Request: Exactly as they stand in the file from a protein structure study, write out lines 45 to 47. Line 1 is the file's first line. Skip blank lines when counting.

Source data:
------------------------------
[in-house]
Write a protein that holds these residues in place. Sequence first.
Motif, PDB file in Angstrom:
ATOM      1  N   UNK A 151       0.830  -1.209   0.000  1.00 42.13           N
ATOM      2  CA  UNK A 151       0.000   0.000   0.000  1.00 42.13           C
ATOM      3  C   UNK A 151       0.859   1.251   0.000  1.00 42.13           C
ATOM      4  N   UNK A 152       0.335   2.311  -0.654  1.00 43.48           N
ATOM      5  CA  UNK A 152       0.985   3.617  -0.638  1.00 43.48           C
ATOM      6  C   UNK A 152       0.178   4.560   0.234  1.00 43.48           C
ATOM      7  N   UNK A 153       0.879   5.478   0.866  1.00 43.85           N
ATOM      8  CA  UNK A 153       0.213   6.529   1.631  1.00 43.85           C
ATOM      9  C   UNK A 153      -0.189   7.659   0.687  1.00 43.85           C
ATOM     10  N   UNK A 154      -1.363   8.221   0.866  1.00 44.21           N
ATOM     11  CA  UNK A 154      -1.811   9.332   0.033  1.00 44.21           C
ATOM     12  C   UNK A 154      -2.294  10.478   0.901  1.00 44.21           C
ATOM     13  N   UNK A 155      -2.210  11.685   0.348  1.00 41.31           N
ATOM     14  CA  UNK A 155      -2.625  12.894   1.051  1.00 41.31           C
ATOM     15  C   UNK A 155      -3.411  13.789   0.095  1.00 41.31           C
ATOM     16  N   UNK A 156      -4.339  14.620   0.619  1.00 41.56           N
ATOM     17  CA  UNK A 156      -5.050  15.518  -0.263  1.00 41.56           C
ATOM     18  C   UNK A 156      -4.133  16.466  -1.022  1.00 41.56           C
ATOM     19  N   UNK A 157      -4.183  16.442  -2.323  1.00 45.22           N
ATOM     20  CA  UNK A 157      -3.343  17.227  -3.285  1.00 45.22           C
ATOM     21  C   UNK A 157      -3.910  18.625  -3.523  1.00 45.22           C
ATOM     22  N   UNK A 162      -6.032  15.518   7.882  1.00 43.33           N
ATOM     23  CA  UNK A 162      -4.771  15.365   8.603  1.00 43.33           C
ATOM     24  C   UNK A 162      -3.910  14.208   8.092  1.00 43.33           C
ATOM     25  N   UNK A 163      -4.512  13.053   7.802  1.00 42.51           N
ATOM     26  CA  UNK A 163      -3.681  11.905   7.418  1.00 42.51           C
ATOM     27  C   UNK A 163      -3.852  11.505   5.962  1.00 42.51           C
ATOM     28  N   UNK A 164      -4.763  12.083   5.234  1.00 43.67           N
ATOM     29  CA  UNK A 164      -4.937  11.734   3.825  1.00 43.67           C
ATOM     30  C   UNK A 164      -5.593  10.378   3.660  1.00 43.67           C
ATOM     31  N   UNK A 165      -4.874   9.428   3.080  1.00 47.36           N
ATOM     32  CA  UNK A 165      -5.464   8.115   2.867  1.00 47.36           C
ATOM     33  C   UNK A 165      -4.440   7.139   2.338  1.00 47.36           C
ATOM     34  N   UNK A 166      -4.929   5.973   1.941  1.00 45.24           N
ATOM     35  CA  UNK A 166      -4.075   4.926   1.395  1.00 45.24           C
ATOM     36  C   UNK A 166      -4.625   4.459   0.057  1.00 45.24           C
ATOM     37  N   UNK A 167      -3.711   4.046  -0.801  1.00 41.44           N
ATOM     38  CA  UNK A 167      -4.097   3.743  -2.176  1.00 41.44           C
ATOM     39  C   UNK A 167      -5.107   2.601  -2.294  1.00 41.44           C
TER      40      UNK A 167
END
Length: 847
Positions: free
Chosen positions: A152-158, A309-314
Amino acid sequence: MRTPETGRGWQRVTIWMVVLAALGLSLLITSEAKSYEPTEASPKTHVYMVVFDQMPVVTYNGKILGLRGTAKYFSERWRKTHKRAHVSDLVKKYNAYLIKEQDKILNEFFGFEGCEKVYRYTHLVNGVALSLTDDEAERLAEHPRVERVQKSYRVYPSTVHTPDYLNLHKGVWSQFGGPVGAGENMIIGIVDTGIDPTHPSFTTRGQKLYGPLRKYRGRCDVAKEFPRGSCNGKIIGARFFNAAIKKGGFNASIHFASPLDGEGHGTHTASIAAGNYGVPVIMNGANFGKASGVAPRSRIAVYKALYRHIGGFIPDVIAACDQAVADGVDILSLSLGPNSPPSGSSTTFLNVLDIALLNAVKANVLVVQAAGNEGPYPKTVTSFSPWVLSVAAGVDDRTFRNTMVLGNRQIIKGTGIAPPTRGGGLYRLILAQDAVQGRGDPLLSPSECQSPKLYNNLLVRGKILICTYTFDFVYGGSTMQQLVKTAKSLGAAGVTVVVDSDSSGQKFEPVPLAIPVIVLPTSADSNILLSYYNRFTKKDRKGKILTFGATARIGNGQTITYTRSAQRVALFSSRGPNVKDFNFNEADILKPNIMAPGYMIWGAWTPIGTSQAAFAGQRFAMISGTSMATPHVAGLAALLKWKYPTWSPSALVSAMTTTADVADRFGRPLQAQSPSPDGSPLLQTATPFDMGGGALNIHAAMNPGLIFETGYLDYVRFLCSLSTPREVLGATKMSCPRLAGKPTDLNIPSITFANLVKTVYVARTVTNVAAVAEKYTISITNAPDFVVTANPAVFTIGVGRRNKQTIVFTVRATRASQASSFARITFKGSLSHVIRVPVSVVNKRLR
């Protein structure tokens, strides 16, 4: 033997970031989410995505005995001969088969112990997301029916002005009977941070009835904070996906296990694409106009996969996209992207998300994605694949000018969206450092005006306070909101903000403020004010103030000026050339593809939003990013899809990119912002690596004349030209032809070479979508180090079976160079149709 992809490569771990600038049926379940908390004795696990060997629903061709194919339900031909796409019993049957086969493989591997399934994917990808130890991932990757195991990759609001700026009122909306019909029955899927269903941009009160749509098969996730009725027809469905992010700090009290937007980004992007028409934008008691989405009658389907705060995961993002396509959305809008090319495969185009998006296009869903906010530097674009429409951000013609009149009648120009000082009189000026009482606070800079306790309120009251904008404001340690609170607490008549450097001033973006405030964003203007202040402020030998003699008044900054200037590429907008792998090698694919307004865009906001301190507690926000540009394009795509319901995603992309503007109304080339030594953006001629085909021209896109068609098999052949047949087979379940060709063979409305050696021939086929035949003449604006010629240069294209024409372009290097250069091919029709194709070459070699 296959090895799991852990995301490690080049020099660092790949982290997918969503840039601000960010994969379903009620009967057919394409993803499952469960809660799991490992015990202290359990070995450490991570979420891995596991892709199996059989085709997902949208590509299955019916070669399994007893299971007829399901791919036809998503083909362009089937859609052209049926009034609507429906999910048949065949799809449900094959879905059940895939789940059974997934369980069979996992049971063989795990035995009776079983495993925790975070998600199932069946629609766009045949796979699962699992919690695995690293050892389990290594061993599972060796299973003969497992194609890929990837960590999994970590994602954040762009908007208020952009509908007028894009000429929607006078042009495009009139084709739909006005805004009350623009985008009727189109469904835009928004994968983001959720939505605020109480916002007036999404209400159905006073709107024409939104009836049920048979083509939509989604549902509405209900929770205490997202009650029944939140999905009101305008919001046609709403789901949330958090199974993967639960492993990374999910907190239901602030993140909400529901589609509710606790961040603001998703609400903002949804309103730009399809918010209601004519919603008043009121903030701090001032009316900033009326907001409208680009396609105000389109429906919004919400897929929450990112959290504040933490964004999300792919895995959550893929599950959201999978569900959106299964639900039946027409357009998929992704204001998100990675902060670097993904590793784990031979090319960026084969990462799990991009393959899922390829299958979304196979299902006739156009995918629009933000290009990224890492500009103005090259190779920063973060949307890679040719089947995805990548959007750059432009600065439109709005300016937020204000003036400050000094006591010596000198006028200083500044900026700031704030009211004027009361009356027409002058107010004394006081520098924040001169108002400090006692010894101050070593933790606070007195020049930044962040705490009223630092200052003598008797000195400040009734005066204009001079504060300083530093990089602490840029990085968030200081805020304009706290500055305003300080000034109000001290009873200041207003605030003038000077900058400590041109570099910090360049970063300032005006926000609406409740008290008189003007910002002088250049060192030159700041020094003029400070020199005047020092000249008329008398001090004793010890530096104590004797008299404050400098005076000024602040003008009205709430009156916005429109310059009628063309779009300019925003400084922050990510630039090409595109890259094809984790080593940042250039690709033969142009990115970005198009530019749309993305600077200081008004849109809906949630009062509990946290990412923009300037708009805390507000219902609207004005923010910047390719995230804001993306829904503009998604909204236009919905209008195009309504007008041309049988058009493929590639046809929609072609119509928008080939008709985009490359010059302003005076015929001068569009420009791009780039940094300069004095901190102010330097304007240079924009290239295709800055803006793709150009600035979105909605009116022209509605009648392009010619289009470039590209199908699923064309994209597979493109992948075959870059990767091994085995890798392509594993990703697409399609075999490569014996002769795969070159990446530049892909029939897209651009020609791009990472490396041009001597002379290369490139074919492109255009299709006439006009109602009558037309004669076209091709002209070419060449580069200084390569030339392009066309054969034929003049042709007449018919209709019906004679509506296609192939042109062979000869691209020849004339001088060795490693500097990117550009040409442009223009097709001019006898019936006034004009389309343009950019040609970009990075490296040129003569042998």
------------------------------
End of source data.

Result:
Length: 847
Positions: free
Chosen positions: A152-158, A309-314